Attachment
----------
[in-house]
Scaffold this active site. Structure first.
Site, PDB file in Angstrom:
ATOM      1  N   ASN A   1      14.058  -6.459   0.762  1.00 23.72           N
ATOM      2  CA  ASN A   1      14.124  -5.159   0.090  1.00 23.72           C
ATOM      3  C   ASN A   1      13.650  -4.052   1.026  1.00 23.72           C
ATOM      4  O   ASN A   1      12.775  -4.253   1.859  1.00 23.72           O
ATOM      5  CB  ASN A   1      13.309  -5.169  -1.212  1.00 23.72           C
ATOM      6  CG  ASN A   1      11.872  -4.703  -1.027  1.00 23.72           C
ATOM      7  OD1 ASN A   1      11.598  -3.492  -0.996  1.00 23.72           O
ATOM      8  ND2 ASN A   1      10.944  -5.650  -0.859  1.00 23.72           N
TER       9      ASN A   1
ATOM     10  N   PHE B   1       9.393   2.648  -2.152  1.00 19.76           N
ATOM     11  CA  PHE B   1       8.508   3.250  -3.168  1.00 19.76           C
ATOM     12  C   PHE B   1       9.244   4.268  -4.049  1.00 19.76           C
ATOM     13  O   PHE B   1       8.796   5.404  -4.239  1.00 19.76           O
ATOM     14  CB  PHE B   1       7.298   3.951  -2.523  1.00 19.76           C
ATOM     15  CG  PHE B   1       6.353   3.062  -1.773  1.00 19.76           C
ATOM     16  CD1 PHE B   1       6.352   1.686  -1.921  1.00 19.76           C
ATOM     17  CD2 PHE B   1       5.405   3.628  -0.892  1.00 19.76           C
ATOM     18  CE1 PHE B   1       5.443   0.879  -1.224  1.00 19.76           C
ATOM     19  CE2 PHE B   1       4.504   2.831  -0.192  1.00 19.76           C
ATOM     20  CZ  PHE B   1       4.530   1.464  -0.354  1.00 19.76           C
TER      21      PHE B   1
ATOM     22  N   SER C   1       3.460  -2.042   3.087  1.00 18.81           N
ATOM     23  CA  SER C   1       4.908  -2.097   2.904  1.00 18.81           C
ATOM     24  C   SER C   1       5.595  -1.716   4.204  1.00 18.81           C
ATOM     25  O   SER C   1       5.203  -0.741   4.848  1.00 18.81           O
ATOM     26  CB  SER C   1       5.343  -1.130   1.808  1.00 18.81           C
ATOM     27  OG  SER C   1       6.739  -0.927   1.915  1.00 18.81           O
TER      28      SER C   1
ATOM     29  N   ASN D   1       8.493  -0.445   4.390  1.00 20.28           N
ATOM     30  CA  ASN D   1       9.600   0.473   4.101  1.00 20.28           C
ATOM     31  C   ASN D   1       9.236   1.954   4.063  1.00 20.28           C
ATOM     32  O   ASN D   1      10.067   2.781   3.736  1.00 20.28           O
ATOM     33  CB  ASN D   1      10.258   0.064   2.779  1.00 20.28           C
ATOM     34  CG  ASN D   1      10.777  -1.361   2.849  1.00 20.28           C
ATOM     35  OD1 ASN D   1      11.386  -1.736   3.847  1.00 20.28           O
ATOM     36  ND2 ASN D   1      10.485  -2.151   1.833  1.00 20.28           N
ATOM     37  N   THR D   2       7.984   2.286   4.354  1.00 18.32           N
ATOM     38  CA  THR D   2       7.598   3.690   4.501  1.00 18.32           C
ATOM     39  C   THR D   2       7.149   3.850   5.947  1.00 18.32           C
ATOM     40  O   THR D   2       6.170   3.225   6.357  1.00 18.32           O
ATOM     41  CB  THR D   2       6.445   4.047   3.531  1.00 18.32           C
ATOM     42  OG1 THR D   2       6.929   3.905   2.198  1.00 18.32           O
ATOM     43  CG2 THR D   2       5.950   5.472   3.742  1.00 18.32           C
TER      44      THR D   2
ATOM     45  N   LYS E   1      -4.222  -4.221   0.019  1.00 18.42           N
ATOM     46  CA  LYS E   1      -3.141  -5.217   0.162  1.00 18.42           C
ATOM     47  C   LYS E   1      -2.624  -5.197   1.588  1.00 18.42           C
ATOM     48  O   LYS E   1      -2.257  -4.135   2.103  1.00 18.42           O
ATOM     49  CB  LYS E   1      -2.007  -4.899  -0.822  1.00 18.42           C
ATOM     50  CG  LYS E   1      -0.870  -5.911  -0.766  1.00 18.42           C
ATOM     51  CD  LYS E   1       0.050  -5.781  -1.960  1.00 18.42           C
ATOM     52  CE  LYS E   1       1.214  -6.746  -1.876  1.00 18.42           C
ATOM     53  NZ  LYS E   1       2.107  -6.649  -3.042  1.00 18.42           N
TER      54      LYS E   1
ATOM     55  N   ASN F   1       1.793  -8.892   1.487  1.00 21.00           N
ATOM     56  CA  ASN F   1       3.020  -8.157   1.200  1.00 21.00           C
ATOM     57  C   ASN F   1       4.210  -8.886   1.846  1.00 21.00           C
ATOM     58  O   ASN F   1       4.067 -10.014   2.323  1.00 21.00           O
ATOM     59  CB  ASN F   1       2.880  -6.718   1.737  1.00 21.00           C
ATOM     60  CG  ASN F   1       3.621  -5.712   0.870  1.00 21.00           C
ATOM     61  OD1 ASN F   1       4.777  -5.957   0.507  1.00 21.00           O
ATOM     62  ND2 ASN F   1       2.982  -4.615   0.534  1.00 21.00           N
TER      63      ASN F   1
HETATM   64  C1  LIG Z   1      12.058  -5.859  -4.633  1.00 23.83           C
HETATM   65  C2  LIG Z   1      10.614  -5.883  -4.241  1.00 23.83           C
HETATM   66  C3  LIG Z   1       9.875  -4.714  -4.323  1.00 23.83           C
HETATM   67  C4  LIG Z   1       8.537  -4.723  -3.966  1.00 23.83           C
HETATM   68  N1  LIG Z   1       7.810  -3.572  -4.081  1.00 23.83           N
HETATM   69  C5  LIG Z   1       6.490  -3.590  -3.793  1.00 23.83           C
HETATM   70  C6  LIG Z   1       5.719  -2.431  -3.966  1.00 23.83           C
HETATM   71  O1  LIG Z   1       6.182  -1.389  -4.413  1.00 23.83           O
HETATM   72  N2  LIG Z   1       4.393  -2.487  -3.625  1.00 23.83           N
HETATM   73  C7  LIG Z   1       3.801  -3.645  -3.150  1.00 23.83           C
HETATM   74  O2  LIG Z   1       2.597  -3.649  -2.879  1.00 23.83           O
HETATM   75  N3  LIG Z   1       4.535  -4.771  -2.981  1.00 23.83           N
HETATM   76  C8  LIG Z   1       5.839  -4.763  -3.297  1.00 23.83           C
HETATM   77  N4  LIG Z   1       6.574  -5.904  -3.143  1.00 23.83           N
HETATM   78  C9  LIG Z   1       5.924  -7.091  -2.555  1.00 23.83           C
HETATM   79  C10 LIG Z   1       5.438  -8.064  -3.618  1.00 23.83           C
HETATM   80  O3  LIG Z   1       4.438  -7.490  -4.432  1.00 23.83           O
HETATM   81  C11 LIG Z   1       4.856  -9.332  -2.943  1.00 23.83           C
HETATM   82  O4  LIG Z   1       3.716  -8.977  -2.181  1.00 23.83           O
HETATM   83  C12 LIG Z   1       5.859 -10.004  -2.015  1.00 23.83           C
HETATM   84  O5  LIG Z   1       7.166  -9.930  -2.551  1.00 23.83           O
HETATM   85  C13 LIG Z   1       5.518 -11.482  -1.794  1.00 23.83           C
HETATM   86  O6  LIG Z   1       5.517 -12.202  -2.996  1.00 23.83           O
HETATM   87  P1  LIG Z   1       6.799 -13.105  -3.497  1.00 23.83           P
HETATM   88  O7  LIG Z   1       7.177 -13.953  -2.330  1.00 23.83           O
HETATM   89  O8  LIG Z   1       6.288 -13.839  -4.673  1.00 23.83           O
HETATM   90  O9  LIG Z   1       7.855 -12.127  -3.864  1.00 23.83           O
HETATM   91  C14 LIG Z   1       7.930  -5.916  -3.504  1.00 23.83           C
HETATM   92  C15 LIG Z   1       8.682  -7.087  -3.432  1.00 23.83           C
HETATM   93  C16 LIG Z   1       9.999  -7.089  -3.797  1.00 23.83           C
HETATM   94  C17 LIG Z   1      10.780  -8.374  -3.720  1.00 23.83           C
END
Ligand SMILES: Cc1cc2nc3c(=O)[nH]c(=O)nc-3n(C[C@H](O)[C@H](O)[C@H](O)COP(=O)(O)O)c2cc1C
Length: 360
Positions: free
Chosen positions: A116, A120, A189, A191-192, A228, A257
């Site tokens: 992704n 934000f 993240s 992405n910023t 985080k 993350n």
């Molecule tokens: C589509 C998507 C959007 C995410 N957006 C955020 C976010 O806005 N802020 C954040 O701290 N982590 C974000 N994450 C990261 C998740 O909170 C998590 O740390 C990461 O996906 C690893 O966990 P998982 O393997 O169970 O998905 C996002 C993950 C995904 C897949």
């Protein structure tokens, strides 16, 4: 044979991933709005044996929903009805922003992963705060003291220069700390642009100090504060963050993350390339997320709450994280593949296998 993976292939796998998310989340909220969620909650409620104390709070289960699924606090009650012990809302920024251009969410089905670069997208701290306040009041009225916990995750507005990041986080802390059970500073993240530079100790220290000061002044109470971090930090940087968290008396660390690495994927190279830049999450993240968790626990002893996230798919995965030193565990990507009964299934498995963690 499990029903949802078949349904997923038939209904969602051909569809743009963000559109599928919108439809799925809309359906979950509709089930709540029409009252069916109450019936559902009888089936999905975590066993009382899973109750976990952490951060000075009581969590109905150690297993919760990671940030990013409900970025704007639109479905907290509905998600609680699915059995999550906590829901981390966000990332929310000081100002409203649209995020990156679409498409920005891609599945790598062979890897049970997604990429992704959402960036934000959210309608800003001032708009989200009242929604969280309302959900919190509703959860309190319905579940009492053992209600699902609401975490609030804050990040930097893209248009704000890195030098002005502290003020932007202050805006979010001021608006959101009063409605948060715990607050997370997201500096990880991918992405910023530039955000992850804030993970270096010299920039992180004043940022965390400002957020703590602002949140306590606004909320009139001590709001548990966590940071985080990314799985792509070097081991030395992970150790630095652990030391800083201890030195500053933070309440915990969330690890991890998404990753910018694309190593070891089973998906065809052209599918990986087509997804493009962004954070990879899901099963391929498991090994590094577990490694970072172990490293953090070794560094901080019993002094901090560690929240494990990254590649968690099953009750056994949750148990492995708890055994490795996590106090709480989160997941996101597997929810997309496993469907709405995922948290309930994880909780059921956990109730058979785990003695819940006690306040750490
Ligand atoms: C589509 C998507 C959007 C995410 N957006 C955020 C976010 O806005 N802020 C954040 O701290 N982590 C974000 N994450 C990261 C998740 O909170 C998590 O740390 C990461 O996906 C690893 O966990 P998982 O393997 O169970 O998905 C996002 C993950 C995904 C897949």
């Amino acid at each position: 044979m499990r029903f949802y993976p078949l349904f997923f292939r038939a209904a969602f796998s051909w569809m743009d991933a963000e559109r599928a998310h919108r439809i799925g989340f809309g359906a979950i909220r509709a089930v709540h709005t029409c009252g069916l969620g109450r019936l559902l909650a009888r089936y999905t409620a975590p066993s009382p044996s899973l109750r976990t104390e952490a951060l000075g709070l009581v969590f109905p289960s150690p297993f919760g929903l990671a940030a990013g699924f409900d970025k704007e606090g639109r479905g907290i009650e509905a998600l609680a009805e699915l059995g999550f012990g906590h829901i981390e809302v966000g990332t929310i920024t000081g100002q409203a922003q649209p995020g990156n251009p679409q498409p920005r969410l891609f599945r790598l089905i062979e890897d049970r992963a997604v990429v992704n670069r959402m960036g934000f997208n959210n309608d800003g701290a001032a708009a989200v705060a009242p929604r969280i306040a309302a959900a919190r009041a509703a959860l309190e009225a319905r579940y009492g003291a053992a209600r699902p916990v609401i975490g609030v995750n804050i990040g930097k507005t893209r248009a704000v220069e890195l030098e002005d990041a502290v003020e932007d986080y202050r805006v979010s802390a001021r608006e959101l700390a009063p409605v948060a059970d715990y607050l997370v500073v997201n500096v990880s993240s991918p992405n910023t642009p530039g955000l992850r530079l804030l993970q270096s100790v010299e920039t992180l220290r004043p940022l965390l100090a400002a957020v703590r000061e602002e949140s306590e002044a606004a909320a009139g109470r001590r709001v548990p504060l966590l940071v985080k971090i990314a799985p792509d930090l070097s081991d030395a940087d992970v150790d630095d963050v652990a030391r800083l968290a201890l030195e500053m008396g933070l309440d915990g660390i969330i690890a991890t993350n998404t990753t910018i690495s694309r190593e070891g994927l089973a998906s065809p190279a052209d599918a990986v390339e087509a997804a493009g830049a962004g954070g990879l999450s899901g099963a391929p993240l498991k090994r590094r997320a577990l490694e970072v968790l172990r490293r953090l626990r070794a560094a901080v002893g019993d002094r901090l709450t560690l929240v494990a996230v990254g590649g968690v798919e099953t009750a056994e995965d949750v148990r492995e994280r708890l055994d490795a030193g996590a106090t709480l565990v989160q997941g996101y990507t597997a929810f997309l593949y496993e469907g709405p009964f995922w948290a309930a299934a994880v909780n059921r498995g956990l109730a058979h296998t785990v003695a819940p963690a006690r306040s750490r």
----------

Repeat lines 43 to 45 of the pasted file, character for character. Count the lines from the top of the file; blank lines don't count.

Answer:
ATOM     40  O   THR D   2       6.170   3.225   6.357  1.00 18.32           O
ATOM     41  CB  THR D   2       6.445   4.047   3.531  1.00 18.32           C
ATOM     42  OG1 THR D   2       6.929   3.905   2.198  1.00 18.32           O